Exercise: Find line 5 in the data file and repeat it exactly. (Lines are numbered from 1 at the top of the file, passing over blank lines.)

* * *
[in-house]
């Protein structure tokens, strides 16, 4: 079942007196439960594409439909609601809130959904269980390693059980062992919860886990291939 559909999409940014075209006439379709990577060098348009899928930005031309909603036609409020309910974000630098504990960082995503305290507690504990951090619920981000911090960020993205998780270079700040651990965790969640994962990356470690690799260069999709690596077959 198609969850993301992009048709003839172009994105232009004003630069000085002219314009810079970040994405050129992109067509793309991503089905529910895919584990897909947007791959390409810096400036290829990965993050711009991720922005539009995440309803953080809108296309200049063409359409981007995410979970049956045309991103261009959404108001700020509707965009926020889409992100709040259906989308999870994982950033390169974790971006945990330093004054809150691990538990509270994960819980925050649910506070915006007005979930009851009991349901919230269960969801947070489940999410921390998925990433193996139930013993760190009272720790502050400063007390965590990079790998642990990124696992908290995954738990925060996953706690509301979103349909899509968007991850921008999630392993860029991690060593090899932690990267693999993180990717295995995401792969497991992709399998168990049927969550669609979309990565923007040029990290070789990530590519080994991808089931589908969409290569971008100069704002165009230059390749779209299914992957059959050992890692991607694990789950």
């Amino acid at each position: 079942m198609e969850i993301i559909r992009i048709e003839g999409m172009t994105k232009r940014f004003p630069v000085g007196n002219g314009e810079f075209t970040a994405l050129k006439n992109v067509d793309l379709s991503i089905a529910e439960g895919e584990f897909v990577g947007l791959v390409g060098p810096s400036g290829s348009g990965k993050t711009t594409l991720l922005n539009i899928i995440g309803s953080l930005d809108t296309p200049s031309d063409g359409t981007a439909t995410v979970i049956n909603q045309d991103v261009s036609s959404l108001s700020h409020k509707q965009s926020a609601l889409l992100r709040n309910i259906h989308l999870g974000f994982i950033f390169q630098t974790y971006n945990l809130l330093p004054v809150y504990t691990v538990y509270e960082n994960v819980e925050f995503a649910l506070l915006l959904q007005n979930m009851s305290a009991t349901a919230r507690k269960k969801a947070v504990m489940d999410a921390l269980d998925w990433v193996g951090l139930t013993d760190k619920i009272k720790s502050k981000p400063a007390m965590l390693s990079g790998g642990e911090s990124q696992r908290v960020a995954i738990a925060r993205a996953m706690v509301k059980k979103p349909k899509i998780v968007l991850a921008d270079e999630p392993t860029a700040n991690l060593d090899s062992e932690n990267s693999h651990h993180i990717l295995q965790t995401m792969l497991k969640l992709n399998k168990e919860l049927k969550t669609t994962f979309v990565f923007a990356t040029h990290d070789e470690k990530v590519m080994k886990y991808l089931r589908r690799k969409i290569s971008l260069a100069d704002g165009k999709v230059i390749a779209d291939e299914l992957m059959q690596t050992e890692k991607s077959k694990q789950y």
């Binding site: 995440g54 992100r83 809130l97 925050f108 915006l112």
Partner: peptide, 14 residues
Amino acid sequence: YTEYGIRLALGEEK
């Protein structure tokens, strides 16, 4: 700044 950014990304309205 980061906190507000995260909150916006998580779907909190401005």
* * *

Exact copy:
Partner: peptide, 14 residues